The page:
|"I have been taught that “no nation is truly defeated until the hearts of its women are on the ground.” Native women have strong hearts, but that strength is constantly challenged by the high rates of domestic violence on many Indian reservations. Of course, domestic violence is not limited to women and it is not limited to adults. It has an effect that passes down through the generations. We all dream that our children can live and grow up in a safe place, with loving adults. From such a foundation, our children will create safe and healthy families of their own, free from the scourge of domestic violence. It is well known that domestic violence is a behavior that starts at one level and often escalates over time to serious injury or even death. Tribes need the authority to intervene in early incidences of domestic violence. Only by doing this can we break the chain of domestic violence that weighs down our communities.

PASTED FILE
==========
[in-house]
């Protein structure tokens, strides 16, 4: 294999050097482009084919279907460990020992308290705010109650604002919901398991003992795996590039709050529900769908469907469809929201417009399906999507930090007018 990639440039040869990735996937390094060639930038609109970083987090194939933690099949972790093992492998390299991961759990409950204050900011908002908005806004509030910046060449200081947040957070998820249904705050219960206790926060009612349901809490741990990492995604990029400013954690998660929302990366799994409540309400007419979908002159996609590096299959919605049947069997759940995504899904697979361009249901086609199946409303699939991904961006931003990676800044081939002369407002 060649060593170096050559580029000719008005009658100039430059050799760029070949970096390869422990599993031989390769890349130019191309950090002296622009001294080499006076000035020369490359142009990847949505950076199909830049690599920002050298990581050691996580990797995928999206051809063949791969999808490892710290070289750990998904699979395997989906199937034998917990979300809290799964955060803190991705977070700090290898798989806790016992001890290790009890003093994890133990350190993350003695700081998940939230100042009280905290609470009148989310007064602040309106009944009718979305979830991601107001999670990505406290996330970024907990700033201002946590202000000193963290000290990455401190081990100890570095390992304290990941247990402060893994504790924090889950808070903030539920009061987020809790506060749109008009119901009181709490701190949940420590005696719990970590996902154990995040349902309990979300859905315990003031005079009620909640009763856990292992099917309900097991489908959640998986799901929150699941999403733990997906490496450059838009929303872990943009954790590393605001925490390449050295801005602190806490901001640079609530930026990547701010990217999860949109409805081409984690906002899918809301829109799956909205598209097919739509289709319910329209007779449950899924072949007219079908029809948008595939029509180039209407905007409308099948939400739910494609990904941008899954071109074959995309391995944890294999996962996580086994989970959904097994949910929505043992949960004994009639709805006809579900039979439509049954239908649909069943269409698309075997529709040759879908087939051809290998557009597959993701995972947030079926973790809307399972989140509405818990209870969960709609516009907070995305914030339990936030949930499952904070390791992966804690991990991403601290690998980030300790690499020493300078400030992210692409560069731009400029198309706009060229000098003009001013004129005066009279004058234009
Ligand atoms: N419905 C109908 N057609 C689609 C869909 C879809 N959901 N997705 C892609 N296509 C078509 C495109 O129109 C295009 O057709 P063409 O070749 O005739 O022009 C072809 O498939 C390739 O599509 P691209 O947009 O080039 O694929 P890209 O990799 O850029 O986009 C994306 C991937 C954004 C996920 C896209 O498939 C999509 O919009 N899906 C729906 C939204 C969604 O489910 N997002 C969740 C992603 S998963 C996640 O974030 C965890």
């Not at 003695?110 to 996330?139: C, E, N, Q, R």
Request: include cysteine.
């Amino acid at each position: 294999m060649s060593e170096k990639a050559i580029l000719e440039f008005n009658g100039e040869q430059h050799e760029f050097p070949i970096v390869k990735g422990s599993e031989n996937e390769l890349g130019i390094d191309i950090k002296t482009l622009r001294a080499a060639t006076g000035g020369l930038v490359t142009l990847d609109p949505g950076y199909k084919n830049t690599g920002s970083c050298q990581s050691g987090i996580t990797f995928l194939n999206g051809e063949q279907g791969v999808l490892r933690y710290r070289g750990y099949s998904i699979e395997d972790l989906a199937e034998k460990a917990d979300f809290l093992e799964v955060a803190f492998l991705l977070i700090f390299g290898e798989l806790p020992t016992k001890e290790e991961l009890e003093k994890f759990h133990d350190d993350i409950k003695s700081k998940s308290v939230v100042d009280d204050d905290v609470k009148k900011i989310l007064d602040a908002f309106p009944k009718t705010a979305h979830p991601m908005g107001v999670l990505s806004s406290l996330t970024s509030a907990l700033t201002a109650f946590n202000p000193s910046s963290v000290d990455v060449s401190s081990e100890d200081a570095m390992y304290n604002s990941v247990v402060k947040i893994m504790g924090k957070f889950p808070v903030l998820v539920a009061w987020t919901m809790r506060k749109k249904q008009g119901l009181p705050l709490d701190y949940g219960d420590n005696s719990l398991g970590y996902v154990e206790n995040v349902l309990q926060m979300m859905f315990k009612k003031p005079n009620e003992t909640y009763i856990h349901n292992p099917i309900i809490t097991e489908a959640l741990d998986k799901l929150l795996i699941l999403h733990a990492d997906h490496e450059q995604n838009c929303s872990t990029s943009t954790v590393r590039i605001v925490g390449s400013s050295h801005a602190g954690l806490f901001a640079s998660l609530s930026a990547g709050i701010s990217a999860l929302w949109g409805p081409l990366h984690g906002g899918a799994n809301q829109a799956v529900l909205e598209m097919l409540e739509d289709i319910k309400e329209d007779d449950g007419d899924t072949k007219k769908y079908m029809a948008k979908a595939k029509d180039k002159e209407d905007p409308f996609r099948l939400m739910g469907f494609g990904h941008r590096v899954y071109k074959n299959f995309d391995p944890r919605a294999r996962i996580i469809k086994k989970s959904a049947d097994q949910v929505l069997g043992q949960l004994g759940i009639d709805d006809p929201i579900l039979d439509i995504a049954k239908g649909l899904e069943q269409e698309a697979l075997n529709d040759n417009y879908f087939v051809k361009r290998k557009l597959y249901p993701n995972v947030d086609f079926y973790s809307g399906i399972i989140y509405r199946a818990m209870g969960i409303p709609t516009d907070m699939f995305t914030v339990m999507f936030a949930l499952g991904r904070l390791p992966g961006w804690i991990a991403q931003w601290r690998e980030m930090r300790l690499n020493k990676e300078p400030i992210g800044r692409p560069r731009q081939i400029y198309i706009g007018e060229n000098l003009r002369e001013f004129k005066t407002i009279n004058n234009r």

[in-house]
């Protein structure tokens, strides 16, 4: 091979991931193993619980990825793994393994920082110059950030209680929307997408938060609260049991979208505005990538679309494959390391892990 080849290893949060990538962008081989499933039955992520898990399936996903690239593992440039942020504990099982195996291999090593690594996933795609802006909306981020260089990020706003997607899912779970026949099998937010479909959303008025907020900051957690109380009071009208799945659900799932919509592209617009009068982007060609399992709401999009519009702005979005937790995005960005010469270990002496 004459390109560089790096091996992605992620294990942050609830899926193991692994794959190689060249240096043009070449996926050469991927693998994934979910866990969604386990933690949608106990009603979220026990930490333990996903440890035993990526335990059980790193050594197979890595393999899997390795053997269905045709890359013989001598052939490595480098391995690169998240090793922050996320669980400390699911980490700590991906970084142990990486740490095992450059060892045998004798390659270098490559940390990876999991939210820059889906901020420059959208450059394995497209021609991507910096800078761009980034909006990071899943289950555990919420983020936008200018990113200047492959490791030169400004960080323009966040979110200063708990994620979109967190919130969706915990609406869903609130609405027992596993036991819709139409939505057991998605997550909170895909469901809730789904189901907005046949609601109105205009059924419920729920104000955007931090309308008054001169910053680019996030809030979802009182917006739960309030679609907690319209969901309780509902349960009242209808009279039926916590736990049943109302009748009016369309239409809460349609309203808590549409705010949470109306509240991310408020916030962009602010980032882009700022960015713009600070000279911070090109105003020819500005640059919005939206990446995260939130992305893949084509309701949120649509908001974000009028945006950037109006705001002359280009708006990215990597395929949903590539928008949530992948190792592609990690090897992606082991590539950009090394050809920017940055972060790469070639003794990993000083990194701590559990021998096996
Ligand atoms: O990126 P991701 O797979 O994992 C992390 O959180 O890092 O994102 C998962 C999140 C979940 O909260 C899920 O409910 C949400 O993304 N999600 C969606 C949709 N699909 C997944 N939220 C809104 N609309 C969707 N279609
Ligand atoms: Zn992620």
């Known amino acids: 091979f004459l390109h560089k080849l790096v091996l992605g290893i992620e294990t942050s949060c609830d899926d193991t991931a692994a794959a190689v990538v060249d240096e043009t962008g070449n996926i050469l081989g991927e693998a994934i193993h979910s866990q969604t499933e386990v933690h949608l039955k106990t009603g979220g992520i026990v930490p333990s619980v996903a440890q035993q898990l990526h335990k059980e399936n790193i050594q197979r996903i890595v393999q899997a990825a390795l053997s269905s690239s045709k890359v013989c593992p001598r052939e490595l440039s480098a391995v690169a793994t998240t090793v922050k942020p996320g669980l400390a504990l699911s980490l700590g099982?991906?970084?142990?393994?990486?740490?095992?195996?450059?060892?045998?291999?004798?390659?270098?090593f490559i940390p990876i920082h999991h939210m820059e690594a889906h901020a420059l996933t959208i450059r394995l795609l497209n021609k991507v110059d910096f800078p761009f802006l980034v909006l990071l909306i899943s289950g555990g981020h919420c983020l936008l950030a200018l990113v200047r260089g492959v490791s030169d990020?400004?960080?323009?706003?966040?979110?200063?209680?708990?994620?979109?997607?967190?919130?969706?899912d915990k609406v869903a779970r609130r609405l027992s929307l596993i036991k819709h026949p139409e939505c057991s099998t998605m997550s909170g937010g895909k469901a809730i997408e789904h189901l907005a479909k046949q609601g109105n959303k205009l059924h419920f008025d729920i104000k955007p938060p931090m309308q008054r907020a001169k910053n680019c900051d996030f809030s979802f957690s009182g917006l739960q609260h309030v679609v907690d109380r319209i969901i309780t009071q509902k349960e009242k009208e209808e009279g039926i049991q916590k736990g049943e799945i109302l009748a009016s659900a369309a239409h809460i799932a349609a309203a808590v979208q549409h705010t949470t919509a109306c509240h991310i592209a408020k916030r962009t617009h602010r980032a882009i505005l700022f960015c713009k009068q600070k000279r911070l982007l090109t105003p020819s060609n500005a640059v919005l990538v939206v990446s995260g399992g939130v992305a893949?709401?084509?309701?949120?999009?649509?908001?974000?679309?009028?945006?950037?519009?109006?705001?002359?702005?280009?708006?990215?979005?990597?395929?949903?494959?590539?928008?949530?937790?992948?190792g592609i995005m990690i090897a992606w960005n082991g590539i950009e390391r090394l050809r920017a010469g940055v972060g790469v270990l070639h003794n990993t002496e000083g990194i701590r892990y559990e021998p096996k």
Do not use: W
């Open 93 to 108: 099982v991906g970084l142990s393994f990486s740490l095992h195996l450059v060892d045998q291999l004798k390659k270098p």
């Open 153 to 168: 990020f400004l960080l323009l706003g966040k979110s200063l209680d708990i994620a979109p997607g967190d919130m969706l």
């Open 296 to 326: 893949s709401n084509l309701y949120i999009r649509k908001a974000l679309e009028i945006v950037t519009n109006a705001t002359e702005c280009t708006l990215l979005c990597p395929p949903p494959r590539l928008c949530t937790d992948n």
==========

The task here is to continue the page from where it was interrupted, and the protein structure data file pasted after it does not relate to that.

The pending Violence Against Women Act (VAWA) reauthorization presents an extraordinary opportunity to address the startling lack of law enforcement response to, and prosecutions for, incidences of domestic violence on Indian reservations. After years of struggling with this issue, those of us who live in Indian country have realized that the answer does not lie with the Federal and state governments, but with ourselves. We need to have in place systems of justice that will put fear in the heart of those who consider evil deeds, while also assure that all members of our communities have their basic rights protected. To do this, our Tribal courts must have authority to exercise limited domestic violence criminal jurisdiction over all individuals with close ties to tribal communities who commit domestic violence offenses on Indian lands. Only at the local level can we create the credible community expectations and standards that will significantly reduce this crisis."
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Let Us Protect Our Communities
(Indian Country Today 12/14)
NCAI remains hopeful on legislation to protect
Indian women (12/13)
Salon: Abusers get away with violence against
Indian women (12/13)
Opinion: Native women still
waiting on Congress to take action (12/12)
Rep. Darrell Issa introduces Violence Against
Indian Women Act (12/4)
on a land-into-trust fix, VAWA during lame-duck (11/09)